shopping Spotlight

Fall in Love with Red Bank: Small Business Saturday is more important this year than ever before

Challenging times require commitment, patience, and adaptability. These are the qualities that best describe Red Bank’s many small business owners, who have faced adversity on a grand scale this year due to the coronavirus COVID-19 pandemic. Things certainly looked bleak back in the spring when the pandemic was at its height, forcing many non-essential business to shutter their doors. The new reality was a different, unexpected normal for many people.

Fast forward to the summer, when some of the restrictions lifted and the town came up with an ambitious plan to close down Broad Street for a pedestrian plaza, you could argue it was the return of small businesses. And that leads up to Small Business Saturday, which is slated for November 28 this month. It’s your time to support your favorite small business in Red Bank, which need your help more now than ever before.

We recently partnered with the Red Bank Business Alliance, an alliance founded by a collection of Red Bank businesses “with the purpose of enhancing the vibrancy of Red Bank as a destination for shopping, dining and entertainment.” They’ve organized many many events throughout the year, like the Red Bank Classic and the Great Red Bank Egg Hunt to name a couple. We interviewed many owners and representative from the many small business shops in Red Bank, who opened up about why Red Bank has a significant presence around the area.

“Red Bank has an amazing downtown, it has a great vibe to it. It has a great family atmosphere,” explains Wendy Jones, owner of A Time to Kiln. The town’s identity continues to change, one that has undeniably been improved in a dramatic way thanks to how the pedestrian plaza has been such a huge draw — not only for locals in Red Bank, but neighboring communities as well. Members of the Red Bank Business Alliance, along with town officials and other local organizations like the Red Bank RiverCenter, all helped to bring this ambitious plan to fruition. “Red Bank is very unique where you have the best of all parts,” says Sagar Shah of Shah Financial.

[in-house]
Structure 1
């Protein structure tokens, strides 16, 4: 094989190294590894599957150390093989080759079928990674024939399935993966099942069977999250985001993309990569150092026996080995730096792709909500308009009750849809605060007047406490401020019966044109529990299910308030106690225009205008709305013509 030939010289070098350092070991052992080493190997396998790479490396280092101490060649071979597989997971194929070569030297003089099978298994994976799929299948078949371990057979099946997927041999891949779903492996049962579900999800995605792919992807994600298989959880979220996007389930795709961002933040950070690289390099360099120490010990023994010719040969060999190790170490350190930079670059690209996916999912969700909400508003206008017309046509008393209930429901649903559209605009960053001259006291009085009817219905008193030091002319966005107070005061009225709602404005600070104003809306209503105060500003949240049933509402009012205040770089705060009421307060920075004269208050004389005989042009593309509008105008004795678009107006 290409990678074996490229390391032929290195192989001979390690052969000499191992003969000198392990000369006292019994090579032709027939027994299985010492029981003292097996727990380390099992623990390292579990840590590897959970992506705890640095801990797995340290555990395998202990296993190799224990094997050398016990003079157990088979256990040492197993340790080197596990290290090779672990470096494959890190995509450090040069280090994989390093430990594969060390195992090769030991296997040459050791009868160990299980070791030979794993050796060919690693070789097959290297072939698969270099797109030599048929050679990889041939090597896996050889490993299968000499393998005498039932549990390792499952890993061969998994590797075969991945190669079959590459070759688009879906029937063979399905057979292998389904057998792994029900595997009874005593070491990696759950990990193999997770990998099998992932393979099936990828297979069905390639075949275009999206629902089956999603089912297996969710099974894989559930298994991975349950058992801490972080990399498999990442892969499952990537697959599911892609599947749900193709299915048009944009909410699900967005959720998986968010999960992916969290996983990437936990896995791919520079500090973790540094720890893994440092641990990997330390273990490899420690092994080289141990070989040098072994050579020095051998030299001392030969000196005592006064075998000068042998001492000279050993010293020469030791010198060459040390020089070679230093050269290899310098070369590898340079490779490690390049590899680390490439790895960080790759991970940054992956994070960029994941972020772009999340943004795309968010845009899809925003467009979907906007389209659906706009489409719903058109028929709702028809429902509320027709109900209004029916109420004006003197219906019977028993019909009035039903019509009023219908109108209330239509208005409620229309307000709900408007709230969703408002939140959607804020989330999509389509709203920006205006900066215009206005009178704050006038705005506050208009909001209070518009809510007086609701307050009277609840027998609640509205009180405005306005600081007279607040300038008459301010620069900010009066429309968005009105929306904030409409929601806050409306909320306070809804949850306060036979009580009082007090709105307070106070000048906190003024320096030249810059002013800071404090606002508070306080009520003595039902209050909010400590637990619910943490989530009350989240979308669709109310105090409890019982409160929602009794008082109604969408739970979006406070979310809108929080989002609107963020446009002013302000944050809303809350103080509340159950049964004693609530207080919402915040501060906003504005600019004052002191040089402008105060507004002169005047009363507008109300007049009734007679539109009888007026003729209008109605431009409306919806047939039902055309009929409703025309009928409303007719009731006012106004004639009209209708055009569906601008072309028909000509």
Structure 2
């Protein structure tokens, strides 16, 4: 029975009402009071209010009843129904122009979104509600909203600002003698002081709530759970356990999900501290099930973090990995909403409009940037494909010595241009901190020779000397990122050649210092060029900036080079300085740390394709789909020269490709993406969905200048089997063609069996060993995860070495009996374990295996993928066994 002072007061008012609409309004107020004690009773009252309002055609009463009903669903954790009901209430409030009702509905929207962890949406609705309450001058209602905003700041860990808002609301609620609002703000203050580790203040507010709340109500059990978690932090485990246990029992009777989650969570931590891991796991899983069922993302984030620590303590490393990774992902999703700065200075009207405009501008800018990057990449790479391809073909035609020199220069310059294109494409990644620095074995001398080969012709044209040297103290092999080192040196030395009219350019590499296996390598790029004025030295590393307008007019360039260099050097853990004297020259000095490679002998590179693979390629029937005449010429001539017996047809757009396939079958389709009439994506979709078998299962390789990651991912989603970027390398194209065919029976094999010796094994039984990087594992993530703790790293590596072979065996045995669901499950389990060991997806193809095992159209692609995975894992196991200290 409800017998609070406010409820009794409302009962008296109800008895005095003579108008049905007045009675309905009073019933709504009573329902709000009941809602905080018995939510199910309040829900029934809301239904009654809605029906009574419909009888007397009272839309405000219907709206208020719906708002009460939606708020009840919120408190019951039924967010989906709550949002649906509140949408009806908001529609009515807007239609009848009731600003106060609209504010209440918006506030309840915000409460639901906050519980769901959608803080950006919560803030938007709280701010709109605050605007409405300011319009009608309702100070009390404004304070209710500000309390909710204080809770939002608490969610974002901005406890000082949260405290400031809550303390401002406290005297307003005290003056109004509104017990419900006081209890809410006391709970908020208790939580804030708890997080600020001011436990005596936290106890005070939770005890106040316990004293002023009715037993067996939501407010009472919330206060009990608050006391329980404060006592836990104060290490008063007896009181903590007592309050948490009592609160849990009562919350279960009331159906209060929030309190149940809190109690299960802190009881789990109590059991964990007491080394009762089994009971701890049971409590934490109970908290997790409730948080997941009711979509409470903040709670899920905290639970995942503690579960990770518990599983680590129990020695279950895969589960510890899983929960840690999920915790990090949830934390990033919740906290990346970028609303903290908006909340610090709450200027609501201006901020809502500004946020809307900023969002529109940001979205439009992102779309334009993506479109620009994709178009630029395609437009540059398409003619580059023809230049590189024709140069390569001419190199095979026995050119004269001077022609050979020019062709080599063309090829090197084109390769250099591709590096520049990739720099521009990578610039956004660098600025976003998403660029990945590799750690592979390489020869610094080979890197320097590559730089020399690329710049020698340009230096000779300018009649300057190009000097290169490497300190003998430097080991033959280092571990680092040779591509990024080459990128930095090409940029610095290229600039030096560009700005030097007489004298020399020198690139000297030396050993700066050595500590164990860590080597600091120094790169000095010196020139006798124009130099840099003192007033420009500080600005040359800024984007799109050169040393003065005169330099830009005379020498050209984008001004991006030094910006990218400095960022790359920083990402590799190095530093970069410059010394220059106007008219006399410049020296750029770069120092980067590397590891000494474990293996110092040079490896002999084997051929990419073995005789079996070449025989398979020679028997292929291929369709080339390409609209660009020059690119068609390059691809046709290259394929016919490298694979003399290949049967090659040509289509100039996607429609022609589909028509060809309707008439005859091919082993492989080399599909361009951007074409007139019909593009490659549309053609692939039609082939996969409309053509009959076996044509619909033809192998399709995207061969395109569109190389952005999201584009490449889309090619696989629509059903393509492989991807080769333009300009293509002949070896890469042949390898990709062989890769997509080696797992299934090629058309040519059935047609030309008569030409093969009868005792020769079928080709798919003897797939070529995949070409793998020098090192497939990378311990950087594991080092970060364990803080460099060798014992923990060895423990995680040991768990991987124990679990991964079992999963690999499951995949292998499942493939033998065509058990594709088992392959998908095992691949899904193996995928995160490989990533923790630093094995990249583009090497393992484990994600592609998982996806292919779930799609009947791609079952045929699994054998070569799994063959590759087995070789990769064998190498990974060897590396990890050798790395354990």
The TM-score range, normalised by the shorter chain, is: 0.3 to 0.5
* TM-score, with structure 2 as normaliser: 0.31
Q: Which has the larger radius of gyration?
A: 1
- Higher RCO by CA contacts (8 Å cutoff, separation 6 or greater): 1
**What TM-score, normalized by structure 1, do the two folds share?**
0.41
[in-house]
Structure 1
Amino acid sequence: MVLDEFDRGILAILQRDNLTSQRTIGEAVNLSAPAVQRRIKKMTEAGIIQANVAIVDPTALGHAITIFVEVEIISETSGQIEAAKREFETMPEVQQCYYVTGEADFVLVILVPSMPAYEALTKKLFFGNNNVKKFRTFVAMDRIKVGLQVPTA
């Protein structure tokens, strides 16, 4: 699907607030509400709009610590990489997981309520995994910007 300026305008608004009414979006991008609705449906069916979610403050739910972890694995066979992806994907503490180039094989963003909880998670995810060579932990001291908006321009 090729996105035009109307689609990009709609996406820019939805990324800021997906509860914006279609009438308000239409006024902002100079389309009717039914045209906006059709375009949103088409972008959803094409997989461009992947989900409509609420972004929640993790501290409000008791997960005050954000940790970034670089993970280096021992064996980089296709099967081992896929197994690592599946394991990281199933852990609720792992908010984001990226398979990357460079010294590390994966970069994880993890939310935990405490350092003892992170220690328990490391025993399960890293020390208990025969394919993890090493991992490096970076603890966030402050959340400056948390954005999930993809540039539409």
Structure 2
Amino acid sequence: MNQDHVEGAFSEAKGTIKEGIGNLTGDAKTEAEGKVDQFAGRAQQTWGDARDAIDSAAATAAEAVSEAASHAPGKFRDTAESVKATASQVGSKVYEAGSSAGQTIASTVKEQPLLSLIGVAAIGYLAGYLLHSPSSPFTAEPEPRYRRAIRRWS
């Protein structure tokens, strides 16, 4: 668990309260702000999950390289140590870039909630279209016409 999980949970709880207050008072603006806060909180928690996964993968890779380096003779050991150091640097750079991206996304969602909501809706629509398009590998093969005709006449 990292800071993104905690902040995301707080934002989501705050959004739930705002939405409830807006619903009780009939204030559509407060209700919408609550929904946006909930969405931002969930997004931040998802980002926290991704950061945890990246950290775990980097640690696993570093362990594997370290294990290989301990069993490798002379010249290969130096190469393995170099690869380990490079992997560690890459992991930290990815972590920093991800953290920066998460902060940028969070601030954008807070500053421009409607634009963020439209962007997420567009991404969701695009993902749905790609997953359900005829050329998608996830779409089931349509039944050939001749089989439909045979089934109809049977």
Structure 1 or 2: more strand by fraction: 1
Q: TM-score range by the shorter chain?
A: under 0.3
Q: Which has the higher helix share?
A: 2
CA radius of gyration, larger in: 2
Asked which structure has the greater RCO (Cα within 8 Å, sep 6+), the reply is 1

The importance of Small Business Saturday is more paramount this year than ever before, just because the future’s still uncertain. Many of the people we spoke with and interviewed explained how our community is enhanced thanks to small businesses. Not only do they provide us with products and services, but many of them are friends who we all want to see succeed. “When we can support locally, our friends in our community, you are contributing to something really good. You’re helping people innovate and create,” remarked Liza Cherubini of Cherubini Chiropractic on what it means to support small businesses.

Another owner, Louis Adrianos of Neapoli Italian Kitchen, was passionate about the humble beginnings he had growing up with parents who owned a small business and how they helped out local communities. “We live in the community, we employ within the community, we buy within the community, so we shop local.” After we interviewed 23 various people about why people fall in love with Red Bank, the answers covered the gamut. Here are some of them:

“When customers shop at our store, they’re not only supporting the bakery, but they’re supporting the Red Bank community.”

Amanda Gorman, General Manager of Antoinette Boulangerie

“They love seeing all the talent that’s in our community.”

Deborah Eisenstein, owner of Artisan Collective

“As long as you have commitment, hard work, and a dream, and that’s what each small business is today, an American dream.”

Sam Jain, owner of Bombay River

“They’re the heartbeat of our community.”

Mary Ansell, owner of Open Heart Yoga

With Small Business Saturday inching closer with each passing day, there’s no denying that people continue to fall in love with Red Bank, but small businesses still need your support. You can watch all the interviews through the Red Bank Business Alliance’s YouTube page.

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